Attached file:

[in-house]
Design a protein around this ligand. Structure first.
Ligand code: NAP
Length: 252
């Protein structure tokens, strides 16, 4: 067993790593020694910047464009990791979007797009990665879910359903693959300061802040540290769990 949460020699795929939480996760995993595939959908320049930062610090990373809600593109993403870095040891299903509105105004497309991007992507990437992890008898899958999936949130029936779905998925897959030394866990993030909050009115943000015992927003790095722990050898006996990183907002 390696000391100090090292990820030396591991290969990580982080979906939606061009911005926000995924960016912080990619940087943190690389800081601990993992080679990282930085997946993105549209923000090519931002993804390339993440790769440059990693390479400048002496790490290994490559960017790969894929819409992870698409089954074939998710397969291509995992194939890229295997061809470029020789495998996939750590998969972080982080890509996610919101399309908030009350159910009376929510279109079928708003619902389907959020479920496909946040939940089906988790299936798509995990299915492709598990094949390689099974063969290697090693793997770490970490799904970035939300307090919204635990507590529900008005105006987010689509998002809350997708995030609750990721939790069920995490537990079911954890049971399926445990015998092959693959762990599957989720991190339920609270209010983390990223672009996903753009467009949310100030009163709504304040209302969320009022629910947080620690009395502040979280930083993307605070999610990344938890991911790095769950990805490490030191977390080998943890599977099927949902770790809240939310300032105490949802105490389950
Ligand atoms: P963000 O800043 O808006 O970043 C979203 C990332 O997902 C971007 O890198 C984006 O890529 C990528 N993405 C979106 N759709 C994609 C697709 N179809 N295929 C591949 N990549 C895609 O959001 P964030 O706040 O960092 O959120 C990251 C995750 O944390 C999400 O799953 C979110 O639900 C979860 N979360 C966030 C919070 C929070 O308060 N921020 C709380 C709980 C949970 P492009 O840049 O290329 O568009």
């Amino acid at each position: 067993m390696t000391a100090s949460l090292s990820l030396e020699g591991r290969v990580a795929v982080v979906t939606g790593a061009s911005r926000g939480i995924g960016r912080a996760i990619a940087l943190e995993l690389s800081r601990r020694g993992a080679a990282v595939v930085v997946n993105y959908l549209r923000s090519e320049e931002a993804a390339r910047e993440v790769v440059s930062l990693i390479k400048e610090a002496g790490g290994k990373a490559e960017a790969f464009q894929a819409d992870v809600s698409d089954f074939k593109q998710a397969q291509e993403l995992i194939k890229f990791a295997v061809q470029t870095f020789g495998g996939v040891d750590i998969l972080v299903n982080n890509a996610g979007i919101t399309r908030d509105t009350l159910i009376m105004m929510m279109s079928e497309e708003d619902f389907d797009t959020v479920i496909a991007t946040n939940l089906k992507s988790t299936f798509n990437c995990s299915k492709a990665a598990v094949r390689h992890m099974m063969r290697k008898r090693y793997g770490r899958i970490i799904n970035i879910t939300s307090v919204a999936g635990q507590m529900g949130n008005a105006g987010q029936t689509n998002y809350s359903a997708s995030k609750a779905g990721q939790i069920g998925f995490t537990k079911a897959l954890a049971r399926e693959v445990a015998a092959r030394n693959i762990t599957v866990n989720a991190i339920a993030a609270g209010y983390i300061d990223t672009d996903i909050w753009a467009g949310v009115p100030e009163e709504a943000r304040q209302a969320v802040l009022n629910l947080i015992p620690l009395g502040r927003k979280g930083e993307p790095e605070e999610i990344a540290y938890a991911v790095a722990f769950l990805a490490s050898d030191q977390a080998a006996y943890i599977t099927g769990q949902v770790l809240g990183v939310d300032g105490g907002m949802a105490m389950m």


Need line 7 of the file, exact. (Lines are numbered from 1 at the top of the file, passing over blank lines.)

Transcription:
């Amino acid at each position: 067993m390696t000391a100090s949460l090292s990820l030396e020699g591991r290969v990580a795929v982080v979906t939606g790593a061009s911005r926000g939480i995924g960016r912080a996760i990619a940087l943190e995993l690389s800081r601990r020694g993992a080679a990282v595939v930085v997946n993105y959908l549209r923000s090519e320049e931002a993804a390339r910047e993440v790769v440059s930062l990693i390479k400048e610090a002496g790490g290994k990373a490559e960017a790969f464009q894929a819409d992870v809600s698409d089954f074939k593109q998710a397969q291509e993403l995992i194939k890229f990791a295997v061809q470029t870095f020789g495998g996939v040891d750590i998969l972080v299903n982080n890509a996610g979007i919101t399309r908030d509105t009350l159910i009376m105004m929510m279109s079928e497309e708003d619902f389907d797009t959020v479920i496909a991007t946040n939940l089906k992507s988790t299936f798509n990437c995990s299915k492709a990665a598990v094949r390689h992890m099974m063969r290697k008898r090693y793997g770490r899958i970490i799904n970035i879910t939300s307090v919204a999936g635990q507590m529900g949130n008005a105006g987010q029936t689509n998002y809350s359903a997708s995030k609750a779905g990721q939790i069920g998925f995490t537990k079911a897959l954890a049971r399926e693959v445990a015998a092959r030394n693959i762990t599957v866990n989720a991190i339920a993030a609270g209010y983390i300061d990223t672009d996903i909050w753009a467009g949310v009115p100030e009163e709504a943000r304040q209302a969320v802040l009022n629910l947080i015992p620690l009395g502040r927003k979280g930083e993307p790095e605070e999610i990344a540290y938890a991911v790095a722990f769950l990805a490490s050898d030191q977390a080998a006996y943890i599977t099927g769990q949902v770790l809240g990183v939310d300032g105490g907002m949802a105490m389950m």